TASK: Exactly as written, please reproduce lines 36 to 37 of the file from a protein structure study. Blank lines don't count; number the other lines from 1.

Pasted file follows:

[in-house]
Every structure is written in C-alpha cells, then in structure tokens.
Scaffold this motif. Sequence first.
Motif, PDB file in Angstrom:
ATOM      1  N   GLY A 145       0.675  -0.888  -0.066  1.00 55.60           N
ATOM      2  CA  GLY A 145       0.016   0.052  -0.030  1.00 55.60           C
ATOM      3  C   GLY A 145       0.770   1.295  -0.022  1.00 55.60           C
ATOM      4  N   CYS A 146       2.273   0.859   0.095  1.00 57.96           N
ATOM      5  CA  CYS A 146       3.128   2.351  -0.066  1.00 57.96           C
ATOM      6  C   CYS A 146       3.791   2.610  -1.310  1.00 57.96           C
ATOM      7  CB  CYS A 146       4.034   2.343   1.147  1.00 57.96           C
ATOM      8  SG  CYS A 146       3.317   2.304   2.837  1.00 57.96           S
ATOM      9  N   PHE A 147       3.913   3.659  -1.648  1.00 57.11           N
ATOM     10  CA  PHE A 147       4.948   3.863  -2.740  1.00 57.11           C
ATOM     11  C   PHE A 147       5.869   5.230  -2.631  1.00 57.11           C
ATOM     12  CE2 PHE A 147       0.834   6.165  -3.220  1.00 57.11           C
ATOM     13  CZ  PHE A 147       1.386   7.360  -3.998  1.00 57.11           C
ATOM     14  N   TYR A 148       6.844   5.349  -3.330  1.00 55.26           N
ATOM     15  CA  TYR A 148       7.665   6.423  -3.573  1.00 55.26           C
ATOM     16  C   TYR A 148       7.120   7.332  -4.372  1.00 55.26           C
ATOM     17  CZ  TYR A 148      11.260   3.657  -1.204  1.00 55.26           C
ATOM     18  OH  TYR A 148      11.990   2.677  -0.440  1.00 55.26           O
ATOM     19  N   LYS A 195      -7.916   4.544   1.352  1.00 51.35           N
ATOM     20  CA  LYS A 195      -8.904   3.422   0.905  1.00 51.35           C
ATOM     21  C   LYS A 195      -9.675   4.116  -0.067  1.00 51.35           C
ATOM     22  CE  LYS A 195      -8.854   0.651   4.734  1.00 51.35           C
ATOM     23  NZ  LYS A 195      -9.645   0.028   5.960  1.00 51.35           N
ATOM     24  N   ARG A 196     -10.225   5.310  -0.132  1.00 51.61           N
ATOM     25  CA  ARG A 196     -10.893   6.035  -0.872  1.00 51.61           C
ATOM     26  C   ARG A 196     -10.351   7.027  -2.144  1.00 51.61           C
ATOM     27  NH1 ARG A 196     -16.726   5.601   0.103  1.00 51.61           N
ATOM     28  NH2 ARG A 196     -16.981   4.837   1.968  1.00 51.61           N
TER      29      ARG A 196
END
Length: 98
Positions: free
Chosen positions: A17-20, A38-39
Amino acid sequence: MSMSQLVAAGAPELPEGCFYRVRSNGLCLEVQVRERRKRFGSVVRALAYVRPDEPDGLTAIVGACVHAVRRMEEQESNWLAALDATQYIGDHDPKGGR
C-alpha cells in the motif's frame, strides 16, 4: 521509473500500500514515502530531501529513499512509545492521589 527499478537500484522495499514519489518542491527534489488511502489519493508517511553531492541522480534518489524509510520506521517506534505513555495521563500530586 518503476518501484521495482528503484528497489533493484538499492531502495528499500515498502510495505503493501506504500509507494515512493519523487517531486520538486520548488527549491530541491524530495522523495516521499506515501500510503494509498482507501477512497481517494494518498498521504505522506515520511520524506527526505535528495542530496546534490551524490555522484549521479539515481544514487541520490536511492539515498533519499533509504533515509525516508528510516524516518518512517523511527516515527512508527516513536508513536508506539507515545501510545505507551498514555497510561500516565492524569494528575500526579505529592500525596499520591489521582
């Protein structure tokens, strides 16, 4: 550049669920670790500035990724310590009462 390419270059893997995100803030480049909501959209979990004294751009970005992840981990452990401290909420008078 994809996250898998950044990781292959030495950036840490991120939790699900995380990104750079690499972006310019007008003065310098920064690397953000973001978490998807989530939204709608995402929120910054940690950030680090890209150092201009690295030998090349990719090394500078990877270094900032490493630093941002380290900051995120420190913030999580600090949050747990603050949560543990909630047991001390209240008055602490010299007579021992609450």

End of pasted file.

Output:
Positions: free
Chosen positions: A17-20, A38-39